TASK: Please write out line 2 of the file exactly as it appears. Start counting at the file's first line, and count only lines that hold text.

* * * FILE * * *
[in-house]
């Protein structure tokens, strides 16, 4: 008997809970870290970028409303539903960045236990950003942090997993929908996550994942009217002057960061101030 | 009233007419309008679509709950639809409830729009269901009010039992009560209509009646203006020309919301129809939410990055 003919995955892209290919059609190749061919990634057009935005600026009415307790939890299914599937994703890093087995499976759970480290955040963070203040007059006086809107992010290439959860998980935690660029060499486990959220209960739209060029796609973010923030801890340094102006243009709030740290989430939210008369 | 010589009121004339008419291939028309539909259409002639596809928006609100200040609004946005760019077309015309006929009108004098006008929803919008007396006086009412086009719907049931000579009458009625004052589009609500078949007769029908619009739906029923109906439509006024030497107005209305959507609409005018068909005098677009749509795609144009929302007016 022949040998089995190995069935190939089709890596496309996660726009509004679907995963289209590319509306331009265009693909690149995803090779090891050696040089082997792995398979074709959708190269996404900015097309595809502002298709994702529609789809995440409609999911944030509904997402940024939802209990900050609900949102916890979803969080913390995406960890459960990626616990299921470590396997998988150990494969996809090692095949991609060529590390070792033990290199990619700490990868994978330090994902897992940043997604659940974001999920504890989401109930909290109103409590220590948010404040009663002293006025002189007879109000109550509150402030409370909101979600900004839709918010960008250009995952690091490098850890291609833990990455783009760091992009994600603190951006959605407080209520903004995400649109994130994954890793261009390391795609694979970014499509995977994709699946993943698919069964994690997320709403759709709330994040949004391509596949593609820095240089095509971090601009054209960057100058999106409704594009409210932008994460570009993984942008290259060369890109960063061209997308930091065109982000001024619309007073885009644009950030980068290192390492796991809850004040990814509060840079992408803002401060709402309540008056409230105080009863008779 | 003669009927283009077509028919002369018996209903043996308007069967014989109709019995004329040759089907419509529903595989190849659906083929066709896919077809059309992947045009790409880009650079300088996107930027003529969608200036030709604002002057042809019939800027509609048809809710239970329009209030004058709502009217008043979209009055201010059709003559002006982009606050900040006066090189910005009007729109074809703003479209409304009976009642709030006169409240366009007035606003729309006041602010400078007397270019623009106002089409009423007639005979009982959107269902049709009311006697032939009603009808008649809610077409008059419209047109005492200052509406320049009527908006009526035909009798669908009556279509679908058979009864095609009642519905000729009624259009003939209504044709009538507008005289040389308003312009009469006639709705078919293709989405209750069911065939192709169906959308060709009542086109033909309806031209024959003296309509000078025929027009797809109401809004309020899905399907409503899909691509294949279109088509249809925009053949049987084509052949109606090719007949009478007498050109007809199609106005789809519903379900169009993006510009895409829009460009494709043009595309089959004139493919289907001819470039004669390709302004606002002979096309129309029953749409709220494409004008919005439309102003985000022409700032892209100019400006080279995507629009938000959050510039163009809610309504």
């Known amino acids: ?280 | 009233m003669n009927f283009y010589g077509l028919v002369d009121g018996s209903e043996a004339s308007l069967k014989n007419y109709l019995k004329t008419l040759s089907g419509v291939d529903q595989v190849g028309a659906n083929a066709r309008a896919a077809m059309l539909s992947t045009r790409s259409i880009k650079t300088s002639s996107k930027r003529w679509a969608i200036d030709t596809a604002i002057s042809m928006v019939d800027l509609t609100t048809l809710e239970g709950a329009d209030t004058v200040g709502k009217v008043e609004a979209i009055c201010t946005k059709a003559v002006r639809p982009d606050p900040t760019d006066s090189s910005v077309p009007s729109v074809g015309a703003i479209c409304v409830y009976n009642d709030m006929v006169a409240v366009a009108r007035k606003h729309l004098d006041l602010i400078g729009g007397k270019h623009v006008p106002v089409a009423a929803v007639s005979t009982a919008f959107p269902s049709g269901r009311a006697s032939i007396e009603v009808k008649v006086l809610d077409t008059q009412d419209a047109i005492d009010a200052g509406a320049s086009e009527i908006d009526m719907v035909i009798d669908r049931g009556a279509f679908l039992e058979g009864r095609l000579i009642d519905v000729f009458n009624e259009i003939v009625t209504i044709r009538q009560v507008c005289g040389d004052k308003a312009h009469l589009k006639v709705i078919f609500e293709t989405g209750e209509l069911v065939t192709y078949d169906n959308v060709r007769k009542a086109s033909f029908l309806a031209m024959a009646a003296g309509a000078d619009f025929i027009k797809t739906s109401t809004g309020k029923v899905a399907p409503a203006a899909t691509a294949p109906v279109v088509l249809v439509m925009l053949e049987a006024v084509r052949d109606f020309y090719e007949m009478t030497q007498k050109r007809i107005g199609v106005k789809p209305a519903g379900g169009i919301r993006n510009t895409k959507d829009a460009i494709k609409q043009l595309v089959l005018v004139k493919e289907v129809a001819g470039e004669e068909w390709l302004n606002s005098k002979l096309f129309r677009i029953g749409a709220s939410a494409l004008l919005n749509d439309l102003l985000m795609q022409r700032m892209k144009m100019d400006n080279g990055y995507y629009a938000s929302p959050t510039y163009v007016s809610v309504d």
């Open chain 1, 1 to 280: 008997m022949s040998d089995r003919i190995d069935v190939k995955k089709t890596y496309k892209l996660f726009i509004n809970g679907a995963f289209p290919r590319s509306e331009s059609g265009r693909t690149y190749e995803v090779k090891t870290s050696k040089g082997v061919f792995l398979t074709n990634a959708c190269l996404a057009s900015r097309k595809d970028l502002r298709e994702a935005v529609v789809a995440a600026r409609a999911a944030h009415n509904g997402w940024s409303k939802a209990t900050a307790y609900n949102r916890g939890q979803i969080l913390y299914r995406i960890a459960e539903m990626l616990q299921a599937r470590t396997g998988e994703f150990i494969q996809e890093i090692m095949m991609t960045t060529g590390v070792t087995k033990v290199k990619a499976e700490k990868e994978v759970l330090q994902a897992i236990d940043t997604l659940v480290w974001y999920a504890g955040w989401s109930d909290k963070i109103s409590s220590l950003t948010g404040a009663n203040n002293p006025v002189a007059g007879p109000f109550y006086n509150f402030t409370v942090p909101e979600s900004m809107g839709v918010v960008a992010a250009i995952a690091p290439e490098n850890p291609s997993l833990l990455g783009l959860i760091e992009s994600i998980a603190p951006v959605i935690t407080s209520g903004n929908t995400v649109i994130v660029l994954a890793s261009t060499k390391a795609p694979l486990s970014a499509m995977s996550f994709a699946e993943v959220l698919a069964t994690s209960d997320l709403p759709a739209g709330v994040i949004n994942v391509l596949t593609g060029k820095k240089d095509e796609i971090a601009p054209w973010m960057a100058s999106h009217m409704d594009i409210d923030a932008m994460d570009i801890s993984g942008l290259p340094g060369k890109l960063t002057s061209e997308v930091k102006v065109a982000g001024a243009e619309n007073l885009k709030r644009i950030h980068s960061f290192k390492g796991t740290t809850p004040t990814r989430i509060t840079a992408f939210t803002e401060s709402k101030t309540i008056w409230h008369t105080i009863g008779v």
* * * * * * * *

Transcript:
């Protein structure tokens, strides 16, 4: 008997809970870290970028409303539903960045236990950003942090997993929908996550994942009217002057960061101030 | 009233007419309008679509709950639809409830729009269901009010039992009560209509009646203006020309919301129809939410990055 003919995955892209290919059609190749061919990634057009935005600026009415307790939890299914599937994703890093087995499976759970480290955040963070203040007059006086809107992010290439959860998980935690660029060499486990959220209960739209060029796609973010923030801890340094102006243009709030740290989430939210008369 | 010589009121004339008419291939028309539909259409002639596809928006609100200040609004946005760019077309015309006929009108004098006008929803919008007396006086009412086009719907049931000579009458009625004052589009609500078949007769029908619009739906029923109906439509006024030497107005209305959507609409005018068909005098677009749509795609144009929302007016 022949040998089995190995069935190939089709890596496309996660726009509004679907995963289209590319509306331009265009693909690149995803090779090891050696040089082997792995398979074709959708190269996404900015097309595809502002298709994702529609789809995440409609999911944030509904997402940024939802209990900050609900949102916890979803969080913390995406960890459960990626616990299921470590396997998988150990494969996809090692095949991609060529590390070792033990290199990619700490990868994978330090994902897992940043997604659940974001999920504890989401109930909290109103409590220590948010404040009663002293006025002189007879109000109550509150402030409370909101979600900004839709918010960008250009995952690091490098850890291609833990990455783009760091992009994600603190951006959605407080209520903004995400649109994130994954890793261009390391795609694979970014499509995977994709699946993943698919069964994690997320709403759709709330994040949004391509596949593609820095240089095509971090601009054209960057100058999106409704594009409210932008994460570009993984942008290259060369890109960063061209997308930091065109982000001024619309007073885009644009950030980068290192390492796991809850004040990814509060840079992408803002401060709402309540008056409230105080009863008779 | 003669009927283009077509028919002369018996209903043996308007069967014989109709019995004329040759089907419509529903595989190849659906083929066709896919077809059309992947045009790409880009650079300088996107930027003529969608200036030709604002002057042809019939800027509609048809809710239970329009209030004058709502009217008043979209009055201010059709003559002006982009606050900040006066090189910005009007729109074809703003479209409304009976009642709030006169409240366009007035606003729309006041602010400078007397270019623009106002089409009423007639005979009982959107269902049709009311006697032939009603009808008649809610077409008059419209047109005492200052509406320049009527908006009526035909009798669908009556279509679908058979009864095609009642519905000729009624259009003939209504044709009538507008005289040389308003312009009469006639709705078919293709989405209750069911065939192709169906959308060709009542086109033909309806031209024959003296309509000078025929027009797809109401809004309020899905399907409503899909691509294949279109088509249809925009053949049987084509052949109606090719007949009478007498050109007809199609106005789809519903379900169009993006510009895409829009460009494709043009595309089959004139493919289907001819470039004669390709302004606002002979096309129309029953749409709220494409004008919005439309102003985000022409700032892209100019400006080279995507629009938000959050510039163009809610309504």